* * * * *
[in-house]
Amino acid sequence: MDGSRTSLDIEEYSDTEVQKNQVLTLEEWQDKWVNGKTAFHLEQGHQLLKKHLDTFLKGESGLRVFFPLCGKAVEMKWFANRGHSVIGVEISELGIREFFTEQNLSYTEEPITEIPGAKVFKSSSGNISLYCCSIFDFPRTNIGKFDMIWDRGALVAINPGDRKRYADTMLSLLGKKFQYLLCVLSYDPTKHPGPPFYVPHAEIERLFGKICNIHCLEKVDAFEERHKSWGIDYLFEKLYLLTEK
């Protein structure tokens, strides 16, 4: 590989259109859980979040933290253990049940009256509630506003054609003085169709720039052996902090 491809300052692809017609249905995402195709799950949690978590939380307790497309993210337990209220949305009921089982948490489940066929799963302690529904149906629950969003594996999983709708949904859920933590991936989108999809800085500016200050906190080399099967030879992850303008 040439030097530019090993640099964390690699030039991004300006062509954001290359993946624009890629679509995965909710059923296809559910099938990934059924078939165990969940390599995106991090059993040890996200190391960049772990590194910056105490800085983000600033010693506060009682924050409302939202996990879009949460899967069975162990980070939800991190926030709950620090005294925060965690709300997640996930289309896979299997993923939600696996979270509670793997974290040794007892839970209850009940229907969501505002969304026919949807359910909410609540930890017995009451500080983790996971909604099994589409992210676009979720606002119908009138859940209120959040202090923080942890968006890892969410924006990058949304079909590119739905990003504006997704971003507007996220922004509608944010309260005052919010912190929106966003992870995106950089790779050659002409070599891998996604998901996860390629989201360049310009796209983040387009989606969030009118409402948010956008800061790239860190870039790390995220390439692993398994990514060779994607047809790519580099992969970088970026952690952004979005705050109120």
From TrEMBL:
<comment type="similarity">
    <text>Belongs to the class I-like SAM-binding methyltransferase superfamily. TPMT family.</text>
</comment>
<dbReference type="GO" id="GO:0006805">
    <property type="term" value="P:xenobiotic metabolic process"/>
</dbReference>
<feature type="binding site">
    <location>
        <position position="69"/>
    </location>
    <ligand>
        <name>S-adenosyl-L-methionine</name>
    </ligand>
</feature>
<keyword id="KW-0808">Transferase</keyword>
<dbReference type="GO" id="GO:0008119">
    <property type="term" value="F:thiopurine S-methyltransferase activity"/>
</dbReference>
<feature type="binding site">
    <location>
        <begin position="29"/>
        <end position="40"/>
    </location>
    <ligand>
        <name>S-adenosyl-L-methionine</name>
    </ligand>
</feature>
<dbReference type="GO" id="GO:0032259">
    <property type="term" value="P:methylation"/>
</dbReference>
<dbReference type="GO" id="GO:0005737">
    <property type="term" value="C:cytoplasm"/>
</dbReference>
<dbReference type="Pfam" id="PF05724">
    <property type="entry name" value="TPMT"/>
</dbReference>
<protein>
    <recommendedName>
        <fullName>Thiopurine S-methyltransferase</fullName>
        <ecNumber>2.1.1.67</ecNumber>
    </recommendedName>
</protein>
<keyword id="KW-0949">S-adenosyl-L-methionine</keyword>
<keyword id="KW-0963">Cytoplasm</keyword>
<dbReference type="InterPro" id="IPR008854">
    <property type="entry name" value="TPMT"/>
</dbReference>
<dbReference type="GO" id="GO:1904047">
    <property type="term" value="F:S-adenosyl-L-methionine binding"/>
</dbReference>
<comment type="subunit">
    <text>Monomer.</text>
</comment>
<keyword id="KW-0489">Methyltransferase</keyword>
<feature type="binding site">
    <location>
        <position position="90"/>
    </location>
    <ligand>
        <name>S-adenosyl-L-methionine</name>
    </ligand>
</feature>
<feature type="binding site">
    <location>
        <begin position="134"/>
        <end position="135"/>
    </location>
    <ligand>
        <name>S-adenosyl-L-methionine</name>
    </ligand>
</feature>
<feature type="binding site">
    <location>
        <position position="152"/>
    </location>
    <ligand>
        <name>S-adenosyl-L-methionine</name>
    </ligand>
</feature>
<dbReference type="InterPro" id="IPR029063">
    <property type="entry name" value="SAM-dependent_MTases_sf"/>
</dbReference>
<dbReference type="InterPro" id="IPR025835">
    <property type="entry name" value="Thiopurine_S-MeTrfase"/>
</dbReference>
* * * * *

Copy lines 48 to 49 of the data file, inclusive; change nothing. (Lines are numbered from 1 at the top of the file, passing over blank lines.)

<keyword id="KW-0963">Cytoplasm</keyword>
<dbReference type="InterPro" id="IPR008854">